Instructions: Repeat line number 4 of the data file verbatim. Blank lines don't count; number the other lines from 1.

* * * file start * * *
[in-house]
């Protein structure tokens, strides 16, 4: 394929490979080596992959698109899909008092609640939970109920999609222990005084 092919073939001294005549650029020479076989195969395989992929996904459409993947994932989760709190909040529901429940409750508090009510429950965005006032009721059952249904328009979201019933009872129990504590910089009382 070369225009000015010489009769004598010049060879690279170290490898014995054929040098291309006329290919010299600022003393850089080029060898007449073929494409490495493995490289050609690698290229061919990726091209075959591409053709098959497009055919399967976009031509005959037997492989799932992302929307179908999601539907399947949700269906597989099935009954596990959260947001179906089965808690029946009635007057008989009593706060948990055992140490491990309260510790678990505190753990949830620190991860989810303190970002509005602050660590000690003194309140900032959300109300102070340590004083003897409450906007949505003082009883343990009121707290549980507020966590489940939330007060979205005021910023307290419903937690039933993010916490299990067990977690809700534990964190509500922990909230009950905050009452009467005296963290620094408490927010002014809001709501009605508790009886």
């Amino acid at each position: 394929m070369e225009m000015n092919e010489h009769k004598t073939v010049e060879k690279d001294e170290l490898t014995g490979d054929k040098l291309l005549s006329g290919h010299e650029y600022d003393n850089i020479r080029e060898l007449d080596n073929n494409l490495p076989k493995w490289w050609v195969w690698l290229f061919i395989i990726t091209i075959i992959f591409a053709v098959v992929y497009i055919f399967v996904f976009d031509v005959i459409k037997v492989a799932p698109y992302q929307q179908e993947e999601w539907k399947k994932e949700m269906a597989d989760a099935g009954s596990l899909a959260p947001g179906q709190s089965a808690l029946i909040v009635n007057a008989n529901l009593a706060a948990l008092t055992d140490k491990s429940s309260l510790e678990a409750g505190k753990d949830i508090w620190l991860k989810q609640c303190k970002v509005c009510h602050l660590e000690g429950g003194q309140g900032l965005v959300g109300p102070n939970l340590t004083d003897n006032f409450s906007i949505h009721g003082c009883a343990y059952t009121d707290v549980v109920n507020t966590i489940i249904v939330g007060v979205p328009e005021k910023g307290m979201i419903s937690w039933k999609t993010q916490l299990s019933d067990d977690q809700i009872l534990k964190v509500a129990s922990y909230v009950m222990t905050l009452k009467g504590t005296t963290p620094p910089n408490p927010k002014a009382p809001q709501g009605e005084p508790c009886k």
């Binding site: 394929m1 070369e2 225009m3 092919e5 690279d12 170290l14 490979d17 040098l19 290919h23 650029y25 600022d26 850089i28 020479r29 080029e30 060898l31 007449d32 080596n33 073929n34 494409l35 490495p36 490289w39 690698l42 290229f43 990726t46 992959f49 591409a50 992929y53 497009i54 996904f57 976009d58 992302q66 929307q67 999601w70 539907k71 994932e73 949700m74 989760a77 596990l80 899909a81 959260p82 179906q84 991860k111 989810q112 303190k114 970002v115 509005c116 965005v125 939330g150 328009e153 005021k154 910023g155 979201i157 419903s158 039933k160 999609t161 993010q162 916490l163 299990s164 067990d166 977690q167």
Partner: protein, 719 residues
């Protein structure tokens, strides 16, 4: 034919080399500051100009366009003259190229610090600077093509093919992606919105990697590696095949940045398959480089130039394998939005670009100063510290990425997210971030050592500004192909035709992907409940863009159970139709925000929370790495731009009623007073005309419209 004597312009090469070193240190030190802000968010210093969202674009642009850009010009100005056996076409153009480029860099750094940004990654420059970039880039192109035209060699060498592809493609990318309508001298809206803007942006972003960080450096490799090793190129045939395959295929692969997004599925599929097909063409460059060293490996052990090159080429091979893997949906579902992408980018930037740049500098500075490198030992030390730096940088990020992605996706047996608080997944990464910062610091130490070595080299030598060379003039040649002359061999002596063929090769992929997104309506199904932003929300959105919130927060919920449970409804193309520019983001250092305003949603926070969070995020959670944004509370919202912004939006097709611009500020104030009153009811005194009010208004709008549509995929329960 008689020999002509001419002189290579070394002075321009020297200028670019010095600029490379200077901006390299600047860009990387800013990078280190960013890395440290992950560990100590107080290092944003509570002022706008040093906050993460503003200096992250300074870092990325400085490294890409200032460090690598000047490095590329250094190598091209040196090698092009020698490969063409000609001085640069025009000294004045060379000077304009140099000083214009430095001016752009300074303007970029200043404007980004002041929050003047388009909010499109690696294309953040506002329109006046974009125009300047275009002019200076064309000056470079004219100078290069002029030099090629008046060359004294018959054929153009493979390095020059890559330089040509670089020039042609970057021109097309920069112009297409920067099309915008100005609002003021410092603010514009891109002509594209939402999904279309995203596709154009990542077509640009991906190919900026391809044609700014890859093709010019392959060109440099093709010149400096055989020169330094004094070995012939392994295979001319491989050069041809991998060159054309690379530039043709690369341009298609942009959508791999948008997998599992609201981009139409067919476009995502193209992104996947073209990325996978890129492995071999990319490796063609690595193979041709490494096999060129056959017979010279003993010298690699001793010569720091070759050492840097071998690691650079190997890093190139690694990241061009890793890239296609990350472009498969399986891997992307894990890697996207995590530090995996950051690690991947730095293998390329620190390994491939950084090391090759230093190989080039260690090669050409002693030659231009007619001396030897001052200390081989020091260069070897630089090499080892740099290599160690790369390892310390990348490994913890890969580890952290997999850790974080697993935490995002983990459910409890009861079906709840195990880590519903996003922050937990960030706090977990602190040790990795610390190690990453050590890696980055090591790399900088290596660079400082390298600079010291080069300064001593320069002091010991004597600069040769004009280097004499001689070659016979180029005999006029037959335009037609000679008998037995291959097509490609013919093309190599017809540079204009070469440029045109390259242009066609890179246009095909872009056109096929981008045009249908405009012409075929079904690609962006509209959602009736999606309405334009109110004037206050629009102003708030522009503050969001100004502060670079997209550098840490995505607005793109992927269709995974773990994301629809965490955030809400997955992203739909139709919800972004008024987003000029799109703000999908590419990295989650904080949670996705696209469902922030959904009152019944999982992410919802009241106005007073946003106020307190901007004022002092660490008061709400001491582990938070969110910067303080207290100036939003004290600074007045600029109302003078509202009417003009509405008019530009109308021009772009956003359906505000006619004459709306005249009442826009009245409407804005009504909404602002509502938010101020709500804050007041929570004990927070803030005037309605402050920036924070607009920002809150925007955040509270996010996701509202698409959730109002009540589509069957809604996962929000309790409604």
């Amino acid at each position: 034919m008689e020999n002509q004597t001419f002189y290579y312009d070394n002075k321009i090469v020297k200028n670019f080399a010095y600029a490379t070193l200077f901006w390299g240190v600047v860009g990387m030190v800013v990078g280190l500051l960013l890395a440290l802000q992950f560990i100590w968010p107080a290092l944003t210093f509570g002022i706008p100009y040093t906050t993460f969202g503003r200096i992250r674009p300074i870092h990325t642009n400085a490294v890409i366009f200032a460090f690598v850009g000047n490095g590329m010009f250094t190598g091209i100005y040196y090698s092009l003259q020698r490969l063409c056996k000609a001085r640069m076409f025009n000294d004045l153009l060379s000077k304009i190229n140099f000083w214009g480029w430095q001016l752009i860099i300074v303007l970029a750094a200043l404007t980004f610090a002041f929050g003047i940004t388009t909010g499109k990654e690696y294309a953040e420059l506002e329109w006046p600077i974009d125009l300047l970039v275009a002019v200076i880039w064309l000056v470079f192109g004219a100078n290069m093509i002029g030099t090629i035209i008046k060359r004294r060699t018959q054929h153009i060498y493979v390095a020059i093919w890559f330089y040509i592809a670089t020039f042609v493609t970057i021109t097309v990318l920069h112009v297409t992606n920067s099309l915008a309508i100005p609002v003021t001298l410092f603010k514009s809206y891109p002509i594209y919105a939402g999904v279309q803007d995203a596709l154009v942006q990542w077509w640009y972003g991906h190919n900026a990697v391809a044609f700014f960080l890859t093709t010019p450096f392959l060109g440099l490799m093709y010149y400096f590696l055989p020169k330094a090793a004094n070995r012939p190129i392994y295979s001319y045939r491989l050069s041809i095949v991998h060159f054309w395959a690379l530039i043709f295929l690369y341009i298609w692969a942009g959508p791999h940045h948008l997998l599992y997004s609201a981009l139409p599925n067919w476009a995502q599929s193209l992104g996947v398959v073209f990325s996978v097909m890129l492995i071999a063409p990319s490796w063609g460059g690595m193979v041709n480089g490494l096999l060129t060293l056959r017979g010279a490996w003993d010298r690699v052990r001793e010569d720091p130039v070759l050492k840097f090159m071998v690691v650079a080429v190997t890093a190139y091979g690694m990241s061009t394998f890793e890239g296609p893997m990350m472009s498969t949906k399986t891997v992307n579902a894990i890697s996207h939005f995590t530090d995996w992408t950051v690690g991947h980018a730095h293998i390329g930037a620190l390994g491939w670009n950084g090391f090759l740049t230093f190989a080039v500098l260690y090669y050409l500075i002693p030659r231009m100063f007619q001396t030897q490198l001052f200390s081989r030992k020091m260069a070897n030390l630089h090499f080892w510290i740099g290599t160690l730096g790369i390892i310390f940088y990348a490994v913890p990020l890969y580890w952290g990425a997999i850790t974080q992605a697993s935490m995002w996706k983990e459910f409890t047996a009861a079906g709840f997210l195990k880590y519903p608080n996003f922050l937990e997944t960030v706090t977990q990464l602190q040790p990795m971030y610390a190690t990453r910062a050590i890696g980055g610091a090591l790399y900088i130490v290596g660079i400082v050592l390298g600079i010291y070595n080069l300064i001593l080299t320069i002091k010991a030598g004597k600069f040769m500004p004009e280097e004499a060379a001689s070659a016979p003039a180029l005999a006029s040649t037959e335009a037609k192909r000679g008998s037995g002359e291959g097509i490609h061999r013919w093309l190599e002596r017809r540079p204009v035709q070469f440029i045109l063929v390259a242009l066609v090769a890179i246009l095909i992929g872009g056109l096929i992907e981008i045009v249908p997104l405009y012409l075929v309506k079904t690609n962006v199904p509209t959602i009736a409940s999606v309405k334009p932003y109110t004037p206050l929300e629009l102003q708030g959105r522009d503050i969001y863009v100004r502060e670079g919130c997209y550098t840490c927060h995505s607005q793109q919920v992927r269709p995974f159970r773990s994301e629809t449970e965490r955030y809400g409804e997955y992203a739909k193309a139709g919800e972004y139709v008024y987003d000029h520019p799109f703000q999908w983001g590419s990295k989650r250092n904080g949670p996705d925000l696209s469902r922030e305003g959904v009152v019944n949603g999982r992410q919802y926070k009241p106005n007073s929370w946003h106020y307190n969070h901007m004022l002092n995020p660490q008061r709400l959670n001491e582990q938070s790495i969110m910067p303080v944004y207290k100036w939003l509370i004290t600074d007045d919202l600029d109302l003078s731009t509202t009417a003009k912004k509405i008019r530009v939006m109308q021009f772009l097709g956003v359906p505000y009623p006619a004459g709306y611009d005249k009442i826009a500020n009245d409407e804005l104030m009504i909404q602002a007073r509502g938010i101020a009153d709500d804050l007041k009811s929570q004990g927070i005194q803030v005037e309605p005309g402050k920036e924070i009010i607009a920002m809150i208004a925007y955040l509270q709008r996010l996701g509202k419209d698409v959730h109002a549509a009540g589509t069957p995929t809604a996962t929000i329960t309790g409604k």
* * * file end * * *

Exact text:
């Binding site: 394929m1 070369e2 225009m3 092919e5 690279d12 170290l14 490979d17 040098l19 290919h23 650029y25 600022d26 850089i28 020479r29 080029e30 060898l31 007449d32 080596n33 073929n34 494409l35 490495p36 490289w39 690698l42 290229f43 990726t46 992959f49 591409a50 992929y53 497009i54 996904f57 976009d58 992302q66 929307q67 999601w70 539907k71 994932e73 949700m74 989760a77 596990l80 899909a81 959260p82 179906q84 991860k111 989810q112 303190k114 970002v115 509005c116 965005v125 939330g150 328009e153 005021k154 910023g155 979201i157 419903s158 039933k160 999609t161 993010q162 916490l163 299990s164 067990d166 977690q167």